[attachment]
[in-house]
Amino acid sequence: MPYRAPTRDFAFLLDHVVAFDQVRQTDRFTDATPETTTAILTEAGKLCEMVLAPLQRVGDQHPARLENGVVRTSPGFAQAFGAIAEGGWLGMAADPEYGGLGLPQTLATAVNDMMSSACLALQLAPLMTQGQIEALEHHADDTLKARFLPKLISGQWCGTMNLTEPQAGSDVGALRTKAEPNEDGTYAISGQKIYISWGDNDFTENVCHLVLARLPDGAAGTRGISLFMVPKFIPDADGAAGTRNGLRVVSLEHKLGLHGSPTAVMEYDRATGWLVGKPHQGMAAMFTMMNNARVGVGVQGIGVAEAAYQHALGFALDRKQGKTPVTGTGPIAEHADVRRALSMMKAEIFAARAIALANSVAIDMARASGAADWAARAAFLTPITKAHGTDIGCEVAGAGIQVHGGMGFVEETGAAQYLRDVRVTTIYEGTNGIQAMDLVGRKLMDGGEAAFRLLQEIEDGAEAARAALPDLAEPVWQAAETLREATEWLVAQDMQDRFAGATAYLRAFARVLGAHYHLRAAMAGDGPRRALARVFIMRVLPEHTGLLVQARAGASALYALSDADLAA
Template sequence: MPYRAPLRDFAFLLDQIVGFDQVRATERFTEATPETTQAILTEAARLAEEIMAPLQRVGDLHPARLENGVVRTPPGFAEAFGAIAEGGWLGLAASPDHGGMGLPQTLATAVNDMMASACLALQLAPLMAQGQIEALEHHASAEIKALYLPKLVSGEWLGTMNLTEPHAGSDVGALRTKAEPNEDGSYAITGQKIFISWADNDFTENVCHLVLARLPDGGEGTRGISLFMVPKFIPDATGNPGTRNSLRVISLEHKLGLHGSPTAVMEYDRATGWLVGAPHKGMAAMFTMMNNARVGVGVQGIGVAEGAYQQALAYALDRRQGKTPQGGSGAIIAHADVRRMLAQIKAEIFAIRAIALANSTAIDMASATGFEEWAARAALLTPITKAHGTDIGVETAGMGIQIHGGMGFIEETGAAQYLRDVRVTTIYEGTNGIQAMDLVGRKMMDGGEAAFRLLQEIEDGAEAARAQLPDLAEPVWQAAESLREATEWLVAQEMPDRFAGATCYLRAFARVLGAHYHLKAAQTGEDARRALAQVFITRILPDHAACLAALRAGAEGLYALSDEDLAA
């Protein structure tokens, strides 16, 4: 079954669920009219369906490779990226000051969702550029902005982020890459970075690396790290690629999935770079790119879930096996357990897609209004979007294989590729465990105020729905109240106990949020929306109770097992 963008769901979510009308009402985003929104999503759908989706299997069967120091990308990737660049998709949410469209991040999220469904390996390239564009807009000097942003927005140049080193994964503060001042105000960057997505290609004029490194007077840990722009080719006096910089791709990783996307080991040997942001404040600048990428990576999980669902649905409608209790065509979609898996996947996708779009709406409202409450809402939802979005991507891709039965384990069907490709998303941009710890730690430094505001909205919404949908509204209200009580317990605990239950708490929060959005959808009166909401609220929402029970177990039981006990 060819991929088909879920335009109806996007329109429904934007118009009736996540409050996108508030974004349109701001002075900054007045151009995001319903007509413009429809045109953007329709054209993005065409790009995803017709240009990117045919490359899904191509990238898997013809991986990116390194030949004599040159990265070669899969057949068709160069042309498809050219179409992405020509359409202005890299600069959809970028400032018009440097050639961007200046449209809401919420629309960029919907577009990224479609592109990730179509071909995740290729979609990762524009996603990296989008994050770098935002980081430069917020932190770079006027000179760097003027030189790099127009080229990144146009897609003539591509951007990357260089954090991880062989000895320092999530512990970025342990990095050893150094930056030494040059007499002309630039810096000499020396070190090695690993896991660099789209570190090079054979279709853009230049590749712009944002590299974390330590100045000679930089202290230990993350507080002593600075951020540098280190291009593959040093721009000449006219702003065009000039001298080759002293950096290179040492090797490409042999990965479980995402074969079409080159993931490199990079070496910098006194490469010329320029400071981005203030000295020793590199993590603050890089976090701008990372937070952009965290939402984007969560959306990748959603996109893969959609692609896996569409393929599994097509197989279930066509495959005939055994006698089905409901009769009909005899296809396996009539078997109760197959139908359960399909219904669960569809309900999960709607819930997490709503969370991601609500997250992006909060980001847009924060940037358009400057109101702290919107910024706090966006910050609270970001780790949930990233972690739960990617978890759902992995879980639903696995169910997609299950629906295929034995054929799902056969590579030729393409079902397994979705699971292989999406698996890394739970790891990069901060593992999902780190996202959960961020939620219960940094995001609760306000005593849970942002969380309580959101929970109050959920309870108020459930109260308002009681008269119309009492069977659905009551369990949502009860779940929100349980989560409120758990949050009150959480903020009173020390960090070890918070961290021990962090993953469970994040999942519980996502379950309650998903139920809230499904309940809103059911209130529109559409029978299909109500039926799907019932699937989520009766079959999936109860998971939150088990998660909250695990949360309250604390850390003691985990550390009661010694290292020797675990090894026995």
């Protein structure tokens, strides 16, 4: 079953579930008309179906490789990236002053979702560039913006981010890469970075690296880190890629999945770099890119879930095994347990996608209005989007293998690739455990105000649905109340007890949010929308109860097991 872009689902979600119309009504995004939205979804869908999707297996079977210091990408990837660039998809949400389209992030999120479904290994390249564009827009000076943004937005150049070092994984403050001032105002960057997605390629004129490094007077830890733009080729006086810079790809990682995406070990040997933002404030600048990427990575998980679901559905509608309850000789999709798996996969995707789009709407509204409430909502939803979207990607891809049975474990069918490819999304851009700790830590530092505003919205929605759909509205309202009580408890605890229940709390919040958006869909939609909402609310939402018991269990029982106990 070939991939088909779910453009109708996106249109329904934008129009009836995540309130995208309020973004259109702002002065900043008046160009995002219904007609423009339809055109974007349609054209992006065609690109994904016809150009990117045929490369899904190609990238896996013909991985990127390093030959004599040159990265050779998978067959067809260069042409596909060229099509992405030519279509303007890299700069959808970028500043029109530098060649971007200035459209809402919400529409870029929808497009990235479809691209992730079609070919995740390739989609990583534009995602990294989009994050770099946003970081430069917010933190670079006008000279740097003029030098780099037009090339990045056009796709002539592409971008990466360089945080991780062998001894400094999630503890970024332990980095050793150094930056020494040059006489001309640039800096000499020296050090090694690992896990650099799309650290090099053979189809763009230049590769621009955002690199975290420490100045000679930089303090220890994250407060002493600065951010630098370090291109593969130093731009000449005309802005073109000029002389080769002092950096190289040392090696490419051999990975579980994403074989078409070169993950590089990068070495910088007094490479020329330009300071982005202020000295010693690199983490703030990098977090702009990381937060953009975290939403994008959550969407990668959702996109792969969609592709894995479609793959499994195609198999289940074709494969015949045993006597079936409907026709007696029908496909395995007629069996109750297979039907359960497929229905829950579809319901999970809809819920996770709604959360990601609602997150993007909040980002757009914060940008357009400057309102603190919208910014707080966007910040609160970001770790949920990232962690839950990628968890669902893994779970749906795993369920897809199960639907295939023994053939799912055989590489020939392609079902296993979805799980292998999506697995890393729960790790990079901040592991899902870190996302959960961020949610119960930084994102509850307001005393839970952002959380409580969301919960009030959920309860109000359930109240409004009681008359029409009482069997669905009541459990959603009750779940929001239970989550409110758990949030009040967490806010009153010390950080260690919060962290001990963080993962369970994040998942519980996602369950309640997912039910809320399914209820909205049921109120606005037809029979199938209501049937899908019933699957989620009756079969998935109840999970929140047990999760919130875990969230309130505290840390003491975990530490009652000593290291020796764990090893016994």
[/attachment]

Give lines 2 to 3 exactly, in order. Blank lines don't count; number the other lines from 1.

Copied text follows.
Amino acid sequence: MPYRAPTRDFAFLLDHVVAFDQVRQTDRFTDATPETTTAILTEAGKLCEMVLAPLQRVGDQHPARLENGVVRTSPGFAQAFGAIAEGGWLGMAADPEYGGLGLPQTLATAVNDMMSSACLALQLAPLMTQGQIEALEHHADDTLKARFLPKLISGQWCGTMNLTEPQAGSDVGALRTKAEPNEDGTYAISGQKIYISWGDNDFTENVCHLVLARLPDGAAGTRGISLFMVPKFIPDADGAAGTRNGLRVVSLEHKLGLHGSPTAVMEYDRATGWLVGKPHQGMAAMFTMMNNARVGVGVQGIGVAEAAYQHALGFALDRKQGKTPVTGTGPIAEHADVRRALSMMKAEIFAARAIALANSVAIDMARASGAADWAARAAFLTPITKAHGTDIGCEVAGAGIQVHGGMGFVEETGAAQYLRDVRVTTIYEGTNGIQAMDLVGRKLMDGGEAAFRLLQEIEDGAEAARAALPDLAEPVWQAAETLREATEWLVAQDMQDRFAGATAYLRAFARVLGAHYHLRAAMAGDGPRRALARVFIMRVLPEHTGLLVQARAGASALYALSDADLAA
Template sequence: MPYRAPLRDFAFLLDQIVGFDQVRATERFTEATPETTQAILTEAARLAEEIMAPLQRVGDLHPARLENGVVRTPPGFAEAFGAIAEGGWLGLAASPDHGGMGLPQTLATAVNDMMASACLALQLAPLMAQGQIEALEHHASAEIKALYLPKLVSGEWLGTMNLTEPHAGSDVGALRTKAEPNEDGSYAITGQKIFISWADNDFTENVCHLVLARLPDGGEGTRGISLFMVPKFIPDATGNPGTRNSLRVISLEHKLGLHGSPTAVMEYDRATGWLVGAPHKGMAAMFTMMNNARVGVGVQGIGVAEGAYQQALAYALDRRQGKTPQGGSGAIIAHADVRRMLAQIKAEIFAIRAIALANSTAIDMASATGFEEWAARAALLTPITKAHGTDIGVETAGMGIQIHGGMGFIEETGAAQYLRDVRVTTIYEGTNGIQAMDLVGRKMMDGGEAAFRLLQEIEDGAEAARAQLPDLAEPVWQAAESLREATEWLVAQEMPDRFAGATCYLRAFARVLGAHYHLKAAQTGEDARRALAQVFITRILPDHAACLAALRAGAEGLYALSDEDLAA